Undergraduate Course: The City in the Late Antique Mediterranean World (CACA10042)
|School||School of History, Classics and Archaeology
||College||College of Arts, Humanities and Social Sciences
|Credit level (Normal year taken)||SCQF Level 10 (Year 3 Undergraduate)
||Availability||Available to all students
|Summary||This course uses texts and material culture to examine how people lived in, thought about and interacted with urban spaces and how these practices changed through time.
How did the cities in the Mediterranean world develop from the fourth to the eighth century? How did the arrival of Christianity and Islam influence the built environments and how did the urban populations engage with the monuments of the pasts? This course uses texts and material culture (art, architecture and objects) to examine how people lived in, thought about and interacted with the urban space. We begin with a critical examination of the models that scholars have used to explore the process of urban change. The course adopts a thematic approach by addressing the organisation of physical space, examining the fabric of the late antique city, and exploring social and religious practices in the urban environment. Towards the end of the course, we return to the present to explore how archaeological practices and heritage management influences our view of the late antique city.
Information for Visiting Students
|Pre-requisites||Visiting students should usually have at least 3 courses in Classics, History or Archaeology (at least 1 of which should be in Classical Art and Archaeology) at grade B or above (or be predicted to obtain this) for entry to this course. We will only consider University/College level courses.
** as numbers are limited, visiting students should contact the Visiting Student Office directly for admission to this course **
|High Demand Course?
Course Delivery Information
|Not being delivered|
On completion of this course, the student will be able to:
- demonstrate, in seminar discussion and coursework, an ability to critically engage with archaeological publications;
- demonstrate, in seminar discussion and coursework, an ability to analyse the development of cities using different strands of material culture;
- demonstrate, in seminar discussion and coursework, the ability to summarise the main interpretative models that have dominated the study of cities and evaluate their strengths and weaknesses;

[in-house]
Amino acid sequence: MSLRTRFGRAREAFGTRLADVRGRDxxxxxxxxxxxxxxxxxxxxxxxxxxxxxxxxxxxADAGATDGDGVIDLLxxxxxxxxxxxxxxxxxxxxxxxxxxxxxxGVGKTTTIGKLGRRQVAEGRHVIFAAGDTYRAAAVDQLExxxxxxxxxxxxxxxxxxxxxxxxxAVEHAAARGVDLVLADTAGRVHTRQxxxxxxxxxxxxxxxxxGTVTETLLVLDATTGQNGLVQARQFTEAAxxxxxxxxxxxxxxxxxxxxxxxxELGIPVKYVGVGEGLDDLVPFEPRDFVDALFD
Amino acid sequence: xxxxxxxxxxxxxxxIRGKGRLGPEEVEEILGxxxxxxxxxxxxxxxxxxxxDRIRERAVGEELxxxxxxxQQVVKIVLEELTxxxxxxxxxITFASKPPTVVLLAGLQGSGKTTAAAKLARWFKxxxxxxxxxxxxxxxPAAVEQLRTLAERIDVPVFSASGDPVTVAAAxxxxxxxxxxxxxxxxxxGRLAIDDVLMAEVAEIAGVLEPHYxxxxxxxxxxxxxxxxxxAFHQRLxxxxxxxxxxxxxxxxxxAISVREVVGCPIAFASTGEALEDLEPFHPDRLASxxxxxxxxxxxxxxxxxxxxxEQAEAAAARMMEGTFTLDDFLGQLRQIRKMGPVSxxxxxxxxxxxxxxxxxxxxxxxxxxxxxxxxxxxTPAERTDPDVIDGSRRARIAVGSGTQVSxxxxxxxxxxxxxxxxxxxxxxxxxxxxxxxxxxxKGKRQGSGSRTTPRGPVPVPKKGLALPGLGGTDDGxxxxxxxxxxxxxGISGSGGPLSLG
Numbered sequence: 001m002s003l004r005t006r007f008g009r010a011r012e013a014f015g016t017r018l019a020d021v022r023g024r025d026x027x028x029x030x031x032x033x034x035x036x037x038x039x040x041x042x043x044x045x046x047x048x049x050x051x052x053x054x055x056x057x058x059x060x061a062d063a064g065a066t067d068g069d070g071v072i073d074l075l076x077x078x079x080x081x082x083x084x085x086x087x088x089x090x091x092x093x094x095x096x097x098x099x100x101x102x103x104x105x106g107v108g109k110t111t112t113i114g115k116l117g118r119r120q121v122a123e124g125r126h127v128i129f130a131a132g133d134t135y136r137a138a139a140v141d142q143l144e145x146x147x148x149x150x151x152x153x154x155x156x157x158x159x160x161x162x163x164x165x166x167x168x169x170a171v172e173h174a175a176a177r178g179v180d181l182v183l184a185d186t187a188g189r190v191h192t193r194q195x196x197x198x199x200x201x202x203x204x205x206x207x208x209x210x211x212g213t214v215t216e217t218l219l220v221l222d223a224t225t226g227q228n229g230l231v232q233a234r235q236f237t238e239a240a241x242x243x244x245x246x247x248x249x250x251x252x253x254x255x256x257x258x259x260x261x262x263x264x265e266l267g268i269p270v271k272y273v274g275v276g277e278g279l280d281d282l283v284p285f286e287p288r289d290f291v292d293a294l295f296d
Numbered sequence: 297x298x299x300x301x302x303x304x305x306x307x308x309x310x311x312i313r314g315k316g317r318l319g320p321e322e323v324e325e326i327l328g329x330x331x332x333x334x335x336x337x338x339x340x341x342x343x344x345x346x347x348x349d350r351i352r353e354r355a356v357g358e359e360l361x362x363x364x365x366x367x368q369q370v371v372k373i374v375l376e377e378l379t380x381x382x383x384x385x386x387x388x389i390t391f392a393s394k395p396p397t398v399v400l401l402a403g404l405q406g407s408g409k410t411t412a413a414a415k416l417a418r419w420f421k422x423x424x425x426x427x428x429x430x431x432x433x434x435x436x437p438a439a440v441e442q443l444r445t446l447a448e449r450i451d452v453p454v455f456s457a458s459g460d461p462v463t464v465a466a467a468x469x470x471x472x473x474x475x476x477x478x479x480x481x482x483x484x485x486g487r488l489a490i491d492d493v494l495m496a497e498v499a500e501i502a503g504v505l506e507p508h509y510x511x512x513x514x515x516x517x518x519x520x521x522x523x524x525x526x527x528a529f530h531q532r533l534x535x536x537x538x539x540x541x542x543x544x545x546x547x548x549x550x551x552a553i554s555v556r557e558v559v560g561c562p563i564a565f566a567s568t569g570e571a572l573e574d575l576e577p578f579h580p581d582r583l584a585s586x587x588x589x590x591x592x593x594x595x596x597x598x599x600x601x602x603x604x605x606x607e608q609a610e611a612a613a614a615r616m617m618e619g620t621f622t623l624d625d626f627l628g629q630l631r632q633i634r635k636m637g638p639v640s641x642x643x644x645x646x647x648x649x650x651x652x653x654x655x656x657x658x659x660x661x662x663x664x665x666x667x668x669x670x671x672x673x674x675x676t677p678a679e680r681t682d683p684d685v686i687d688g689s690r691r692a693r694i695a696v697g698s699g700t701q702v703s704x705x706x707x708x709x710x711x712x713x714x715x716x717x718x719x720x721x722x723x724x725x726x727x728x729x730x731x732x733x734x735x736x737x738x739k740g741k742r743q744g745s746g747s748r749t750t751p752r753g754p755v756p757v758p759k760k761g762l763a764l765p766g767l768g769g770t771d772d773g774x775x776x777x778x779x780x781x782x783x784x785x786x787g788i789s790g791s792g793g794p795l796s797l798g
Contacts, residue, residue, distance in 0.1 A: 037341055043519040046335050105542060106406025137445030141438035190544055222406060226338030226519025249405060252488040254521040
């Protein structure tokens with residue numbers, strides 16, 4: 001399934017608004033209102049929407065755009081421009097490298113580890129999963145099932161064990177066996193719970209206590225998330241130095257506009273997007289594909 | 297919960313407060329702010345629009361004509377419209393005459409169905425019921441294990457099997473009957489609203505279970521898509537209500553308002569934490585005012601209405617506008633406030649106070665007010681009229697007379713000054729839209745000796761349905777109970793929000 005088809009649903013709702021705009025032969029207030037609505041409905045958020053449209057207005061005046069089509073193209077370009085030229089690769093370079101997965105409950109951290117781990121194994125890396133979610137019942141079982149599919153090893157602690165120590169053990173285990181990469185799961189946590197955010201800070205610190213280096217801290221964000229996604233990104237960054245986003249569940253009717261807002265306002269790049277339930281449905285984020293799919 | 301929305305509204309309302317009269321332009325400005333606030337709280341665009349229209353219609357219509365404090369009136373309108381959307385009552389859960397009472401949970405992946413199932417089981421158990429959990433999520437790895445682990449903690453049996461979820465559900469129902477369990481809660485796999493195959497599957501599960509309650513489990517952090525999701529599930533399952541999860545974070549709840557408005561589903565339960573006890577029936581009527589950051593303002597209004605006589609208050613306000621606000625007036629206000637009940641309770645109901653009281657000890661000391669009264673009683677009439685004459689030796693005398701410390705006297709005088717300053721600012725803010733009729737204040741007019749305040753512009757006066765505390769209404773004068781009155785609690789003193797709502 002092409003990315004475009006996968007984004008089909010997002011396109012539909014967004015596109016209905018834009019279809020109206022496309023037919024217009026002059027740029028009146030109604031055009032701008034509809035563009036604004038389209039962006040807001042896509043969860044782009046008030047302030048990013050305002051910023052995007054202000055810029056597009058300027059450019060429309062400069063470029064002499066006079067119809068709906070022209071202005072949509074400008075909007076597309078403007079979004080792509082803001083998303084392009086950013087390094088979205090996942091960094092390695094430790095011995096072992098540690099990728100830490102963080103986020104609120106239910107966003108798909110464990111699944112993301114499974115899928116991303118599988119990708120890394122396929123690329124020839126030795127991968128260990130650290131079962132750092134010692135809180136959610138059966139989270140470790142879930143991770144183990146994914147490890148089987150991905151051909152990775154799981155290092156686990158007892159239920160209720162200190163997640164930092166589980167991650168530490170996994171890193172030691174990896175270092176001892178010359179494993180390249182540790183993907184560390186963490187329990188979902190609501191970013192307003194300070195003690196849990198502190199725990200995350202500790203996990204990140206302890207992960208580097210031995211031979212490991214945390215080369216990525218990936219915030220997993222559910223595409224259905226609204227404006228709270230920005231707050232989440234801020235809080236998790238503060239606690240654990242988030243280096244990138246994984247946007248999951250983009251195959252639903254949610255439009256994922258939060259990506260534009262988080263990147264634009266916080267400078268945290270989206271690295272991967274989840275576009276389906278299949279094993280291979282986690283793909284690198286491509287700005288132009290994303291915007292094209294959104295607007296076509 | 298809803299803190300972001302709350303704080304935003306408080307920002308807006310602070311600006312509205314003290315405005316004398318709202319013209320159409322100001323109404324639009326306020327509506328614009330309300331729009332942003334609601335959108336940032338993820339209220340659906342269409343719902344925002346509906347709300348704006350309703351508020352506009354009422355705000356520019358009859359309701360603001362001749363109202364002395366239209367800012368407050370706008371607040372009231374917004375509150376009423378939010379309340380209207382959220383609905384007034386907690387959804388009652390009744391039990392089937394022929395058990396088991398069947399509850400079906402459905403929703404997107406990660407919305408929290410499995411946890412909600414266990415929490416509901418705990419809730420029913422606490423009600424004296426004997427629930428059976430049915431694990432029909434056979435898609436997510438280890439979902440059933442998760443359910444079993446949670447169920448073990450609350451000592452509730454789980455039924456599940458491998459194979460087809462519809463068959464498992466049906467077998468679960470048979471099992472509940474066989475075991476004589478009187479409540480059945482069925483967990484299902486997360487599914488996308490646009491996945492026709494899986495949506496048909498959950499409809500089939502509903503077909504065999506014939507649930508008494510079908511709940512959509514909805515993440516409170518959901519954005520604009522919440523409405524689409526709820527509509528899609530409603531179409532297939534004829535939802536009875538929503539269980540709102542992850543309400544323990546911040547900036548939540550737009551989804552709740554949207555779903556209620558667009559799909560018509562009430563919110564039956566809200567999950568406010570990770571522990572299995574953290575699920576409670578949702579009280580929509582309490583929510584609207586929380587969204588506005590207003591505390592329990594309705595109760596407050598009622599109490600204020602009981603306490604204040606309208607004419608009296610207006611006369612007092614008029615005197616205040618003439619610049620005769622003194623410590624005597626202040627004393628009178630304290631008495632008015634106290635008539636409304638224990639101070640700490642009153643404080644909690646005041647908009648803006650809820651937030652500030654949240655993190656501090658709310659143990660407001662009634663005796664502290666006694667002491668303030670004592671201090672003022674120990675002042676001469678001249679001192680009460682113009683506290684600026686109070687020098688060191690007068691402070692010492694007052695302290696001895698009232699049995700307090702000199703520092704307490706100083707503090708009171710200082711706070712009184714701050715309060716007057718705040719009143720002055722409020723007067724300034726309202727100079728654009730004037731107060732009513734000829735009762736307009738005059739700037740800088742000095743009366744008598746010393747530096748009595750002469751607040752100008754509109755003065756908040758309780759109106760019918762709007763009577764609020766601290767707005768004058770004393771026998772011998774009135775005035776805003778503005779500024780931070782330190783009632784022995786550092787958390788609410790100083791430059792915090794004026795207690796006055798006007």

- demonstrate, in class discussion and coursework, a sound knowledge of the material culture of cities in the Mediterranean world from the fourth to the eighth century;
- demonstrate, in class discussion and coursework, bibliographical research skills and to be able to independently find additional information on topics related to the archaeology of late antique cities.
|Avni, G. 2014. The Byzantine-Islamic transition in Palestine: an archaeological approach. Oxford.|
Ball, W. 2015. Rome in the East. London and New York.
Bowden, W. and Lavan, L. (eds.) 2001. Recent research in late antique urbanism. Portsmouth.
Christie, N. and Loseby, S.T. (eds.) 1996. Towns in transition: urban evolution in late antiquity and the early Middle Ages. Aldershot.
Dey, H.W. 2015. The afterlife of the Roman city: architecture and ceremony in late antiquity and the early middle ages. New York.
Jacobs, I. 2013. Aesthetic maintenance of civic space: the 'Classical' city from the 4th to the 7th c. AD. Leuven.
Lavan, L., Özgenel, L. and Sarantis, A.C. 2007. Housing in late antiquity: from palaces to shops. Leiden.
Leone, A. 2013. The end of the pagan city: religion, economy, and urbanism in late antique North Africa. Oxford.
Smith, R.R.R. and Ward-Perkins, B. (eds.) 2016. The last statues of Antiquity. Oxford.
Yegül, F.K. 1992. Baths and bathing in classical antiquity. New York.
Weiss, Z. 2014. Public spectacles in Roman and Late Antique Palestine. Cambridge.
|Graduate Attributes and Skills
|Course organiser||Dr Louise Blanke
Tel: (0131 6)50 2368
|Course secretary||Miss Rachel Ord
Tel: (0131 6)50 3580